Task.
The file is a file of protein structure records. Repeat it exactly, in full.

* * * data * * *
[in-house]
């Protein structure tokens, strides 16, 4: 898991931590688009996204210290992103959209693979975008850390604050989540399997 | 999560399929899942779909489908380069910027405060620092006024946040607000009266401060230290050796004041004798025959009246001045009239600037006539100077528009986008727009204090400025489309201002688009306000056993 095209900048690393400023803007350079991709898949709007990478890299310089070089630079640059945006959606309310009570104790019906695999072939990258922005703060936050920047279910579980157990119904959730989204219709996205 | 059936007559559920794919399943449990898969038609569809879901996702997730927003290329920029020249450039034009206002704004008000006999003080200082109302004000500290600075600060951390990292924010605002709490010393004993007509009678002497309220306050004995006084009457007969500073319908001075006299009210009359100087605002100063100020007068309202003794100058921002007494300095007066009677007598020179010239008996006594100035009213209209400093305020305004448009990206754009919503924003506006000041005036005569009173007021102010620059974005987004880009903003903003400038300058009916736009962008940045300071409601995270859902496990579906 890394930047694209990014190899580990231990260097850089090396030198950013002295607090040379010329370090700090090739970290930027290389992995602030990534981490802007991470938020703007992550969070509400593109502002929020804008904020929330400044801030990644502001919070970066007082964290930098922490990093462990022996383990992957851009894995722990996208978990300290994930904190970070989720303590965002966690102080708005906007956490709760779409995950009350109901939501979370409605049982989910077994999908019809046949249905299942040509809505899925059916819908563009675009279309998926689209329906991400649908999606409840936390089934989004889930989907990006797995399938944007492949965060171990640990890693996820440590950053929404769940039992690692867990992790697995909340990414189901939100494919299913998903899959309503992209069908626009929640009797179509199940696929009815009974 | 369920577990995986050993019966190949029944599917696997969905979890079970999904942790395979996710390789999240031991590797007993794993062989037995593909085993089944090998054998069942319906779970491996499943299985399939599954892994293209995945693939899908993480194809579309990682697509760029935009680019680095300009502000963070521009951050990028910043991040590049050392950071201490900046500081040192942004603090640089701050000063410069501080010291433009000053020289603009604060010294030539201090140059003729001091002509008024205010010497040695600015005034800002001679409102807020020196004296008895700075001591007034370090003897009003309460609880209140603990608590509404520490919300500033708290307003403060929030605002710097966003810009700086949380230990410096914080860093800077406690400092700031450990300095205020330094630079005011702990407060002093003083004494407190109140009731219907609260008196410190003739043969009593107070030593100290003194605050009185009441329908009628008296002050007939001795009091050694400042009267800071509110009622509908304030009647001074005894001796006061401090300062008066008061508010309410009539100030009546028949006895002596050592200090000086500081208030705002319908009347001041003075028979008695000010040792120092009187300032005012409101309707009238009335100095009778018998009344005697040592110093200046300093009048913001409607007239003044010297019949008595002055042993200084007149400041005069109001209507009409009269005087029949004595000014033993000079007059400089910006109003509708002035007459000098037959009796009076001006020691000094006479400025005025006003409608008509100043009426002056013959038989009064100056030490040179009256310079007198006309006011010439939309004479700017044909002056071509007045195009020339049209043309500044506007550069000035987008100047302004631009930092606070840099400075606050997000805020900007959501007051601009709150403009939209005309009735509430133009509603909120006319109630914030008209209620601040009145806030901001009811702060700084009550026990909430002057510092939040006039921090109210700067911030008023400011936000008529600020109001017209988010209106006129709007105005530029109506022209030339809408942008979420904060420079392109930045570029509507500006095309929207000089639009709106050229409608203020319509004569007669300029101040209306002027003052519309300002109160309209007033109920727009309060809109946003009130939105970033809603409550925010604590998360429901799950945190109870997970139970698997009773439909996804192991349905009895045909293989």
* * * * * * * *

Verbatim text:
[in-house]
């Protein structure tokens, strides 16, 4: 898991931590688009996204210290992103959209693979975008850390604050989540399997 | 999560399929899942779909489908380069910027405060620092006024946040607000009266401060230290050796004041004798025959009246001045009239600037006539100077528009986008727009204090400025489309201002688009306000056993 095209900048690393400023803007350079991709898949709007990478890299310089070089630079640059945006959606309310009570104790019906695999072939990258922005703060936050920047279910579980157990119904959730989204219709996205 | 059936007559559920794919399943449990898969038609569809879901996702997730927003290329920029020249450039034009206002704004008000006999003080200082109302004000500290600075600060951390990292924010605002709490010393004993007509009678002497309220306050004995006084009457007969500073319908001075006299009210009359100087605002100063100020007068309202003794100058921002007494300095007066009677007598020179010239008996006594100035009213209209400093305020305004448009990206754009919503924003506006000041005036005569009173007021102010620059974005987004880009903003903003400038300058009916736009962008940045300071409601995270859902496990579906 890394930047694209990014190899580990231990260097850089090396030198950013002295607090040379010329370090700090090739970290930027290389992995602030990534981490802007991470938020703007992550969070509400593109502002929020804008904020929330400044801030990644502001919070970066007082964290930098922490990093462990022996383990992957851009894995722990996208978990300290994930904190970070989720303590965002966690102080708005906007956490709760779409995950009350109901939501979370409605049982989910077994999908019809046949249905299942040509809505899925059916819908563009675009279309998926689209329906991400649908999606409840936390089934989004889930989907990006797995399938944007492949965060171990640990890693996820440590950053929404769940039992690692867990992790697995909340990414189901939100494919299913998903899959309503992209069908626009929640009797179509199940696929009815009974 | 369920577990995986050993019966190949029944599917696997969905979890079970999904942790395979996710390789999240031991590797007993794993062989037995593909085993089944090998054998069942319906779970491996499943299985399939599954892994293209995945693939899908993480194809579309990682697509760029935009680019680095300009502000963070521009951050990028910043991040590049050392950071201490900046500081040192942004603090640089701050000063410069501080010291433009000053020289603009604060010294030539201090140059003729001091002509008024205010010497040695600015005034800002001679409102807020020196004296008895700075001591007034370090003897009003309460609880209140603990608590509404520490919300500033708290307003403060929030605002710097966003810009700086949380230990410096914080860093800077406690400092700031450990300095205020330094630079005011702990407060002093003083004494407190109140009731219907609260008196410190003739043969009593107070030593100290003194605050009185009441329908009628008296002050007939001795009091050694400042009267800071509110009622509908304030009647001074005894001796006061401090300062008066008061508010309410009539100030009546028949006895002596050592200090000086500081208030705002319908009347001041003075028979008695000010040792120092009187300032005012409101309707009238009335100095009778018998009344005697040592110093200046300093009048913001409607007239003044010297019949008595002055042993200084007149400041005069109001209507009409009269005087029949004595000014033993000079007059400089910006109003509708002035007459000098037959009796009076001006020691000094006479400025005025006003409608008509100043009426002056013959038989009064100056030490040179009256310079007198006309006011010439939309004479700017044909002056071509007045195009020339049209043309500044506007550069000035987008100047302004631009930092606070840099400075606050997000805020900007959501007051601009709150403009939209005309009735509430133009509603909120006319109630914030008209209620601040009145806030901001009811702060700084009550026990909430002057510092939040006039921090109210700067911030008023400011936000008529600020109001017209988010209106006129709007105005530029109506022209030339809408942008979420904060420079392109930045570029509507500006095309929207000089639009709106050229409608203020319509004569007669300029101040209306002027003052519309300002109160309209007033109920727009309060809109946003009130939105970033809603409550925010604590998360429901799950945190109870997970139970698997009773439909996804192991349905009895045909293989």